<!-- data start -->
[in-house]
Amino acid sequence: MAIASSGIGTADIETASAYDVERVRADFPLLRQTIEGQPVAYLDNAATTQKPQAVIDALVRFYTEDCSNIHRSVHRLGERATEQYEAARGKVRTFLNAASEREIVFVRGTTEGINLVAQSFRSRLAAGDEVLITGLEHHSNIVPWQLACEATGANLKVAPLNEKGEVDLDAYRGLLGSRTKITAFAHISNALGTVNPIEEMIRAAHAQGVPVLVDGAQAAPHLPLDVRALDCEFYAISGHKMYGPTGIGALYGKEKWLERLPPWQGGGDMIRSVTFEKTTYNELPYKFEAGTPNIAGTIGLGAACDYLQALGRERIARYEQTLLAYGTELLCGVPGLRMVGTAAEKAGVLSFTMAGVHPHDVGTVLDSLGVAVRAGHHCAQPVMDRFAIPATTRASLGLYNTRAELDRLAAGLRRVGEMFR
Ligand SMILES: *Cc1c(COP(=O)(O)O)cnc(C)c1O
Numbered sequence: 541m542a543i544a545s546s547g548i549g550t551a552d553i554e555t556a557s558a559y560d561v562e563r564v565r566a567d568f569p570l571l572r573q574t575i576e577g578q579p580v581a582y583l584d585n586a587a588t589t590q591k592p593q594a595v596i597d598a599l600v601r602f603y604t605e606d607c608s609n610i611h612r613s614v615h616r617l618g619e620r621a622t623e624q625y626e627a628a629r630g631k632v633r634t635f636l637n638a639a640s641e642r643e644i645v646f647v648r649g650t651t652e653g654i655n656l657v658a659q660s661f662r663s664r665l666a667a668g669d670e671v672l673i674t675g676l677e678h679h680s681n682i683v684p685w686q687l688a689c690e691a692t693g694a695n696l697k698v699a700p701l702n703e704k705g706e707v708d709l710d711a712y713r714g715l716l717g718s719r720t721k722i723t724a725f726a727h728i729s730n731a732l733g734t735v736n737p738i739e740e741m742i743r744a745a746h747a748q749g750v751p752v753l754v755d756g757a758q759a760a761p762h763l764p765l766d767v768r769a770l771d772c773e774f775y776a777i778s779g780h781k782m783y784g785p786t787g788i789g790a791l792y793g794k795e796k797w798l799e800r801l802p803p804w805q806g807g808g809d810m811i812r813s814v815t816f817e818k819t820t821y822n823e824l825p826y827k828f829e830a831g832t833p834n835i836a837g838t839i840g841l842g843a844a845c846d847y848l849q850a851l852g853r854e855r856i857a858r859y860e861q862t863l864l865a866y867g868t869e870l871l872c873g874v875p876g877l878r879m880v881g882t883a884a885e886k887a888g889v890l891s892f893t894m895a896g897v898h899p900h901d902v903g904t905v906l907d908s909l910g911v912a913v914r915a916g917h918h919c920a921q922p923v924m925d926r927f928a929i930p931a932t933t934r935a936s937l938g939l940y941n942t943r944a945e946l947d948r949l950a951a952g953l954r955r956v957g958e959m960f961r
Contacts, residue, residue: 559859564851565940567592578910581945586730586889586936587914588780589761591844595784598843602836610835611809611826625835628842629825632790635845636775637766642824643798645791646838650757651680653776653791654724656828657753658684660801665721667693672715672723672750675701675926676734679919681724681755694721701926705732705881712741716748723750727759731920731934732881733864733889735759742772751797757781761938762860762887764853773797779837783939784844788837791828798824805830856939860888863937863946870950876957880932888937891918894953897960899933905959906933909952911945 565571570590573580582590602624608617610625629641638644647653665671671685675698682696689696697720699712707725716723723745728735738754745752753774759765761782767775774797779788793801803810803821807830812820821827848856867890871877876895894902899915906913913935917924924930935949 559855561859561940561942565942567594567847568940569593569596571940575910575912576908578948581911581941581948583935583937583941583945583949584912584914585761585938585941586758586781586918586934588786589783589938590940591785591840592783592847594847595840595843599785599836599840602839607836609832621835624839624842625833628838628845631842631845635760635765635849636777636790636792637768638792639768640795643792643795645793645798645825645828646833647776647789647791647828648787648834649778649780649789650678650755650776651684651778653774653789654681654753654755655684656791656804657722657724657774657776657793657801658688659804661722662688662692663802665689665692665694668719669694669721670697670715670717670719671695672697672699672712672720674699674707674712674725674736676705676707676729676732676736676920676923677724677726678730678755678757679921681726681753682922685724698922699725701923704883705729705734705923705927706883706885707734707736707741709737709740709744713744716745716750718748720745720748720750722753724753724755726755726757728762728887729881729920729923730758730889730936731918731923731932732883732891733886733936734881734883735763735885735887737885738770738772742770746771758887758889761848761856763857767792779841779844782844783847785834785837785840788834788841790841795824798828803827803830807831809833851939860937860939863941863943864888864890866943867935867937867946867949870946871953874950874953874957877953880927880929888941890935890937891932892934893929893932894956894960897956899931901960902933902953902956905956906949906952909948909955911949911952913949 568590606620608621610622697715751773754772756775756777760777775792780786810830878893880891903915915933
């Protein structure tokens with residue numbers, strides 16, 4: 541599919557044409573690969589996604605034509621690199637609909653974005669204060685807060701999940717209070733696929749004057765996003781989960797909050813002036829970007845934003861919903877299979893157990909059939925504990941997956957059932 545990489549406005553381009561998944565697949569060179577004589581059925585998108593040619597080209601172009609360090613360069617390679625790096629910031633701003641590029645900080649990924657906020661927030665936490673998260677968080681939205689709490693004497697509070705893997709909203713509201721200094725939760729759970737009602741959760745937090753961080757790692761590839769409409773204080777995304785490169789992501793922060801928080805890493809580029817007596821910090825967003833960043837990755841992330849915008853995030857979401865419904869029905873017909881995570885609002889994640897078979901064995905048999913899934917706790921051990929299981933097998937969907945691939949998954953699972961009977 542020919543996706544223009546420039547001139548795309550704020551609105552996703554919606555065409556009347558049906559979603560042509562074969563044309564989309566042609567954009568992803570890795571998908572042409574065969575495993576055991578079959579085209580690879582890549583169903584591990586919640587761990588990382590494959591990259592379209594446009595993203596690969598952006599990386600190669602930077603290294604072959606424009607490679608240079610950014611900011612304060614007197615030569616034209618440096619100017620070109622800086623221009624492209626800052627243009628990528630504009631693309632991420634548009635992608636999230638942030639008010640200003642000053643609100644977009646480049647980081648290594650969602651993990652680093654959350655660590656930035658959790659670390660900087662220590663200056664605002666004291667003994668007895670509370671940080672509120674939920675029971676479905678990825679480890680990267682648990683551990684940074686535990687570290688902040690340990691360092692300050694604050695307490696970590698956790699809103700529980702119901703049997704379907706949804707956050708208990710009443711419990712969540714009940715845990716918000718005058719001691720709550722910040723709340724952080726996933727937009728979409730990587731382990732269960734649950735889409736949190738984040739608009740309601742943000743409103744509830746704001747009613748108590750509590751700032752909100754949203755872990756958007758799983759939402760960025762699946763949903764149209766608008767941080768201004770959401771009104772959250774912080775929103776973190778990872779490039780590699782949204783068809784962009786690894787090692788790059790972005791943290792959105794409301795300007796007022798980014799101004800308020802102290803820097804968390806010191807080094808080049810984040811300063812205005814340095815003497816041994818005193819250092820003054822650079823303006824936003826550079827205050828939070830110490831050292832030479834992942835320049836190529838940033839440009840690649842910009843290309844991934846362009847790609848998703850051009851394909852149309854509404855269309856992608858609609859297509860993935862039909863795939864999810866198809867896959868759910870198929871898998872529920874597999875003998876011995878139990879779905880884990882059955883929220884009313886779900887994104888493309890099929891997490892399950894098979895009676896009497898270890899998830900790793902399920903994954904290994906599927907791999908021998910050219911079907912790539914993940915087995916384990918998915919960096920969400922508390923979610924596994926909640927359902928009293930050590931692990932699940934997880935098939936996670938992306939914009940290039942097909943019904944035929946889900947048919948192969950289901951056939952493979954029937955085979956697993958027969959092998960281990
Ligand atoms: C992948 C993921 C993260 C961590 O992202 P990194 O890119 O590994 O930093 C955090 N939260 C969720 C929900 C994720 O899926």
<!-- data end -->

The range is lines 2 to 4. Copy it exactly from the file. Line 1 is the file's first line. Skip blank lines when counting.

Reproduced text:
Amino acid sequence: MAIASSGIGTADIETASAYDVERVRADFPLLRQTIEGQPVAYLDNAATTQKPQAVIDALVRFYTEDCSNIHRSVHRLGERATEQYEAARGKVRTFLNAASEREIVFVRGTTEGINLVAQSFRSRLAAGDEVLITGLEHHSNIVPWQLACEATGANLKVAPLNEKGEVDLDAYRGLLGSRTKITAFAHISNALGTVNPIEEMIRAAHAQGVPVLVDGAQAAPHLPLDVRALDCEFYAISGHKMYGPTGIGALYGKEKWLERLPPWQGGGDMIRSVTFEKTTYNELPYKFEAGTPNIAGTIGLGAACDYLQALGRERIARYEQTLLAYGTELLCGVPGLRMVGTAAEKAGVLSFTMAGVHPHDVGTVLDSLGVAVRAGHHCAQPVMDRFAIPATTRASLGLYNTRAELDRLAAGLRRVGEMFR
Ligand SMILES: *Cc1c(COP(=O)(O)O)cnc(C)c1O
Numbered sequence: 541m542a543i544a545s546s547g548i549g550t551a552d553i554e555t556a557s558a559y560d561v562e563r564v565r566a567d568f569p570l571l572r573q574t575i576e577g578q579p580v581a582y583l584d585n586a587a588t589t590q591k592p593q594a595v596i597d598a599l600v601r602f603y604t605e606d607c608s609n610i611h612r613s614v615h616r617l618g619e620r621a622t623e624q625y626e627a628a629r630g631k632v633r634t635f636l637n638a639a640s641e642r643e644i645v646f647v648r649g650t651t652e653g654i655n656l657v658a659q660s661f662r663s664r665l666a667a668g669d670e671v672l673i674t675g676l677e678h679h680s681n682i683v684p685w686q687l688a689c690e691a692t693g694a695n696l697k698v699a700p701l702n703e704k705g706e707v708d709l710d711a712y713r714g715l716l717g718s719r720t721k722i723t724a725f726a727h728i729s730n731a732l733g734t735v736n737p738i739e740e741m742i743r744a745a746h747a748q749g750v751p752v753l754v755d756g757a758q759a760a761p762h763l764p765l766d767v768r769a770l771d772c773e774f775y776a777i778s779g780h781k782m783y784g785p786t787g788i789g790a791l792y793g794k795e796k797w798l799e800r801l802p803p804w805q806g807g808g809d810m811i812r813s814v815t816f817e818k819t820t821y822n823e824l825p826y827k828f829e830a831g832t833p834n835i836a837g838t839i840g841l842g843a844a845c846d847y848l849q850a851l852g853r854e855r856i857a858r859y860e861q862t863l864l865a866y867g868t869e870l871l872c873g874v875p876g877l878r879m880v881g882t883a884a885e886k887a888g889v890l891s892f893t894m895a896g897v898h899p900h901d902v903g904t905v906l907d908s909l910g911v912a913v914r915a916g917h918h919c920a921q922p923v924m925d926r927f928a929i930p931a932t933t934r935a936s937l938g939l940y941n942t943r944a945e946l947d948r949l950a951a952g953l954r955r956v957g958e959m960f961r